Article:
Reusing exterior wall framing systems: A cradle-to-cradle comparative life cycle assessment

Fernanda Cruz Rios, David Grau, Wai K. Chong

Research output: Contribution to journalArticlepeer-review

8 Scopus citations

Abstract

The construction industry consumes 40% of the global materials and produces one of the largest waste streams in the planet. In a circular economy, the reuse of building components in multiple life cycles aims at increasing resource efficiency and eliminating waste. But can reuse offset the environmental impacts of materials with high embodied energy (e.g. steel)? If so, in what conditions? In the study presented in this paper, the authors used two different life cycle assessment (LCA) methods to compare a single-use wood-framed wall against a reusable steel-framed wall in a tiny house in the U.S. The analyzed impact categories were global warming potential, embodied energy, and water use. One of the main goals of this study was to understand the benefits of reusing a material with high embodied energy when compared to a single-use alternative. Another equally important objective was to understand how different LCA methods can influence the results in a cradle-to-cradle (C2C) LCA. As results, reuse benefits depended on aggressive reuse rates (>70%) and multiple reuses of steel were needed to offset the embodied environmental impacts during steel production. Also, the analyses showed that process-based LCA and hybrid LCA can generate conflicting results in a C2C LCA.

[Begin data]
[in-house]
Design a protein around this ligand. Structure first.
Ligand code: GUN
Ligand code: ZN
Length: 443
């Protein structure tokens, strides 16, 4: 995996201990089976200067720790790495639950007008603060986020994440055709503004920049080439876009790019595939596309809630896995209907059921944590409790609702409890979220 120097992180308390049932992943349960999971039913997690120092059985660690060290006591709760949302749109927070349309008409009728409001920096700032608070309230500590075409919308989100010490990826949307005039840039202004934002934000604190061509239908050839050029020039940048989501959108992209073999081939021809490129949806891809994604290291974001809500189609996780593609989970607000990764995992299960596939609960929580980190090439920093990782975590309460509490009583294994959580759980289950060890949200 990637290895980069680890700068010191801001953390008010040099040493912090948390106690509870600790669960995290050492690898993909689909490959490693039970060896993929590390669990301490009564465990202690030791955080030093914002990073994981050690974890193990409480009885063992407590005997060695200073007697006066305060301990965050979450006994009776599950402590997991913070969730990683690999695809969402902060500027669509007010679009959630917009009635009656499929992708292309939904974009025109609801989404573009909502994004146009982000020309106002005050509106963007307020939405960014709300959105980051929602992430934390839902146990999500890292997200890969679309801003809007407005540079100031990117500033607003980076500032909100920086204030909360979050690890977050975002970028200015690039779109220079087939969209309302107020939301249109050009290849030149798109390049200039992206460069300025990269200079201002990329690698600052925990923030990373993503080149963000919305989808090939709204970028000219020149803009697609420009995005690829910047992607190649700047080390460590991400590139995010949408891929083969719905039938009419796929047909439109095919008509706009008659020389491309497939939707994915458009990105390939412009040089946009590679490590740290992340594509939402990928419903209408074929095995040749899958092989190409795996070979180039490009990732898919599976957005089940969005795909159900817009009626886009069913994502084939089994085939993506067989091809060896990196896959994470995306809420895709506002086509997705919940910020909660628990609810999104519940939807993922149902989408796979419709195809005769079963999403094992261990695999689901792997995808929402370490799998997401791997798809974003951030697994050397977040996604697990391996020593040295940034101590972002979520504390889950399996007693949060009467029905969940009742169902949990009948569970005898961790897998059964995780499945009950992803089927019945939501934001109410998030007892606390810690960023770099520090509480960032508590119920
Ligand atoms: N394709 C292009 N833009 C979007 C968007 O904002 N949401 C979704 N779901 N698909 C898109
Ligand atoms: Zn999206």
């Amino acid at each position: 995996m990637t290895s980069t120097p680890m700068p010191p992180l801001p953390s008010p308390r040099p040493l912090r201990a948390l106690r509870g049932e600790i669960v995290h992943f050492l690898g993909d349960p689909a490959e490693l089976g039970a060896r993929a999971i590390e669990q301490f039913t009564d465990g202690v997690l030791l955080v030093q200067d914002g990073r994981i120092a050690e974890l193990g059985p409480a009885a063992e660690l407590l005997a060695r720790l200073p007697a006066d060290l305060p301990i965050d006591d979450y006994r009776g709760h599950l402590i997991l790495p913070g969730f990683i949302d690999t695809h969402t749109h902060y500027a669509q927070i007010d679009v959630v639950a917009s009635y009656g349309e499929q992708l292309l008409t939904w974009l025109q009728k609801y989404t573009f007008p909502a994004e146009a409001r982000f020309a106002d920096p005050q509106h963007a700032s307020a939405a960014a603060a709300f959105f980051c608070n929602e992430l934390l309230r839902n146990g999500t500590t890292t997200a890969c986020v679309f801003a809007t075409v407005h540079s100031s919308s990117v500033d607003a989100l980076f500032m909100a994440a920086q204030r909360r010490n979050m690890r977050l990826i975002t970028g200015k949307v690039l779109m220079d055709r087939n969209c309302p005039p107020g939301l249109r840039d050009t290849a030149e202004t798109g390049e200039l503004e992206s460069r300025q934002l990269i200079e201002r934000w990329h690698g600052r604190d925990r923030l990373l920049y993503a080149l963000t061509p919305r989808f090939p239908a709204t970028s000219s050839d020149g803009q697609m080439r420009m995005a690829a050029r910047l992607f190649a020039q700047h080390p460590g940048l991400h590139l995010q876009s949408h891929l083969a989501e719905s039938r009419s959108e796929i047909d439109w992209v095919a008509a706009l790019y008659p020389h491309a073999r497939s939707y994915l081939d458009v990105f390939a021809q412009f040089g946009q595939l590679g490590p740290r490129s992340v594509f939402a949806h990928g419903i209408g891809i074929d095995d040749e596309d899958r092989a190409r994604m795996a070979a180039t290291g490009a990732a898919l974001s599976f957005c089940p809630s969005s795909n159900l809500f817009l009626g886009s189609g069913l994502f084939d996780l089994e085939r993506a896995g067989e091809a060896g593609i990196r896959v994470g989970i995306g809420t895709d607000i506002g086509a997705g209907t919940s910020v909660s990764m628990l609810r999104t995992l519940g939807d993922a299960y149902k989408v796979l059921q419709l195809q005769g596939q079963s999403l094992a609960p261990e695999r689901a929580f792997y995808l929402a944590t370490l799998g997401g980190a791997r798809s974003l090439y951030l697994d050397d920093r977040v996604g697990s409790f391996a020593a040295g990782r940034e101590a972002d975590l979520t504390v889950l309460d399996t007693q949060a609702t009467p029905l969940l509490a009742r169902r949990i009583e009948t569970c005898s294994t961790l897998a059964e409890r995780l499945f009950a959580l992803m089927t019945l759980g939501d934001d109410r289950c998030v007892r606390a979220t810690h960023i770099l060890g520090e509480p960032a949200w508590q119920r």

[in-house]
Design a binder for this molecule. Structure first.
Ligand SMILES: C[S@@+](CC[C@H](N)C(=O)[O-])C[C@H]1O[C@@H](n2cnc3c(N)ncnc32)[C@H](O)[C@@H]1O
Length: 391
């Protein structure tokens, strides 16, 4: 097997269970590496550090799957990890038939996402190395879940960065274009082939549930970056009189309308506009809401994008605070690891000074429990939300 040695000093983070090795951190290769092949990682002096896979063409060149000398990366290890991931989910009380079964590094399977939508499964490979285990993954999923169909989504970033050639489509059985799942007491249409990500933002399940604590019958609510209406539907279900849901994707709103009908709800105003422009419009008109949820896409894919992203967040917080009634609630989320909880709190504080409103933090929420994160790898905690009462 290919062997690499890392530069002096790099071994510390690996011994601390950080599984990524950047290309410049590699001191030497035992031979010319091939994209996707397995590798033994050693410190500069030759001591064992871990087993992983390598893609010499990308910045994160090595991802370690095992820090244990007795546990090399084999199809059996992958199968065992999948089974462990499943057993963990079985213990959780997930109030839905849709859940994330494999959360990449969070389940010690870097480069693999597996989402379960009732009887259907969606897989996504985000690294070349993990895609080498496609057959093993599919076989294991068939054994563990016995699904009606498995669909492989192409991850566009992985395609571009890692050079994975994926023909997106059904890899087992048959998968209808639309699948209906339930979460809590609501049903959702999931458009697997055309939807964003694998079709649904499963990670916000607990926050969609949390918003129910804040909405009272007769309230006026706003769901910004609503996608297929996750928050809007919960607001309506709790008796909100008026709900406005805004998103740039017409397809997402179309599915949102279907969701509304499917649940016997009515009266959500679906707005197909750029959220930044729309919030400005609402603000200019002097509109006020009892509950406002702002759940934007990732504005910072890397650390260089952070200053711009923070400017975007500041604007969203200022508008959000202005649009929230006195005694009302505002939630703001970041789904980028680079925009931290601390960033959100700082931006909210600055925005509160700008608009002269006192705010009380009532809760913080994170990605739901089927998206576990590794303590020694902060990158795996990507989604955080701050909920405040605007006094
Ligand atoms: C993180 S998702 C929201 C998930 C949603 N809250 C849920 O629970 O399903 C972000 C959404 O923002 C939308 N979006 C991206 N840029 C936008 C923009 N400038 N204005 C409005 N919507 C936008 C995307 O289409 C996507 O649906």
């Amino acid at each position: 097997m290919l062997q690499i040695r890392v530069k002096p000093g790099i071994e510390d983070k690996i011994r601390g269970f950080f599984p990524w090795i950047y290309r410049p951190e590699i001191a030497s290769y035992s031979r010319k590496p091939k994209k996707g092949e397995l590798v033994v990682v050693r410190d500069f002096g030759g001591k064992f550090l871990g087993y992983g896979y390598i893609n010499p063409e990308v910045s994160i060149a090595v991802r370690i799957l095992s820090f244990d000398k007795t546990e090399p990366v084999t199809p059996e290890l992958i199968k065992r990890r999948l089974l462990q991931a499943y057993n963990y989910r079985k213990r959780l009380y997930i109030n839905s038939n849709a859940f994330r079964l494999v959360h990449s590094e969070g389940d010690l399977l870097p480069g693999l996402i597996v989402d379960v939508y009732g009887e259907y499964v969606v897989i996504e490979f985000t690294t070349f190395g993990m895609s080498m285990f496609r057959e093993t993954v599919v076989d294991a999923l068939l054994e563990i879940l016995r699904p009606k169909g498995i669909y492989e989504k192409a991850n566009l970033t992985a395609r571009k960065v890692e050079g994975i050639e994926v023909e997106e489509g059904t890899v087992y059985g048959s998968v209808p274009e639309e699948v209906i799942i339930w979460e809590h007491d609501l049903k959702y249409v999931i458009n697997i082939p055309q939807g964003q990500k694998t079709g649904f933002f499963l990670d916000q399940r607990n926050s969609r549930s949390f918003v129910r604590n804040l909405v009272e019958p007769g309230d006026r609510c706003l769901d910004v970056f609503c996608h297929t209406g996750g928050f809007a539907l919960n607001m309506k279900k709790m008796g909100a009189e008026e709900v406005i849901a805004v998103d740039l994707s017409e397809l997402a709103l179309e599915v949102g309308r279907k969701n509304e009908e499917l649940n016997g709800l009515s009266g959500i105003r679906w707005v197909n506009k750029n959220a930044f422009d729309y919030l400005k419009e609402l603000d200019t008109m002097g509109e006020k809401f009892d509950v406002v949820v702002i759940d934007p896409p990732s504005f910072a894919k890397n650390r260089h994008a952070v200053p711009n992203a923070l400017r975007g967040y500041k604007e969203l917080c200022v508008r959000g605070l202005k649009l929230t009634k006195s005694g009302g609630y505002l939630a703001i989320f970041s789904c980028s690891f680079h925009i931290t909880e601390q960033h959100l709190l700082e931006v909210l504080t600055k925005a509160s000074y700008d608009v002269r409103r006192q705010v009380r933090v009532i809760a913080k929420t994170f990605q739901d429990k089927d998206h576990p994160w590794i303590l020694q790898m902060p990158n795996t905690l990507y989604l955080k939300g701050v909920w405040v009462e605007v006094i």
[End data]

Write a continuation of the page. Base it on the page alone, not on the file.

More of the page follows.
Original languageEnglish (US)
Pages (from-to)120-135
Number of pages16
JournalWaste Management
Volume94
DOIs
StatePublished - Jul 1 2019

Keywords

  • Building materials
  • Circular economy
  • cradle-to-cradle
  • Deconstruction
  • Recycling
  • Reuse

ASJC Scopus subject areas

  • Waste Management and Disposal

Fingerprint Dive into the research topics of 'Reusing exterior wall framing systems: A cradle-to-cradle comparative life cycle assessment'. Together they form a unique fingerprint.

Cite this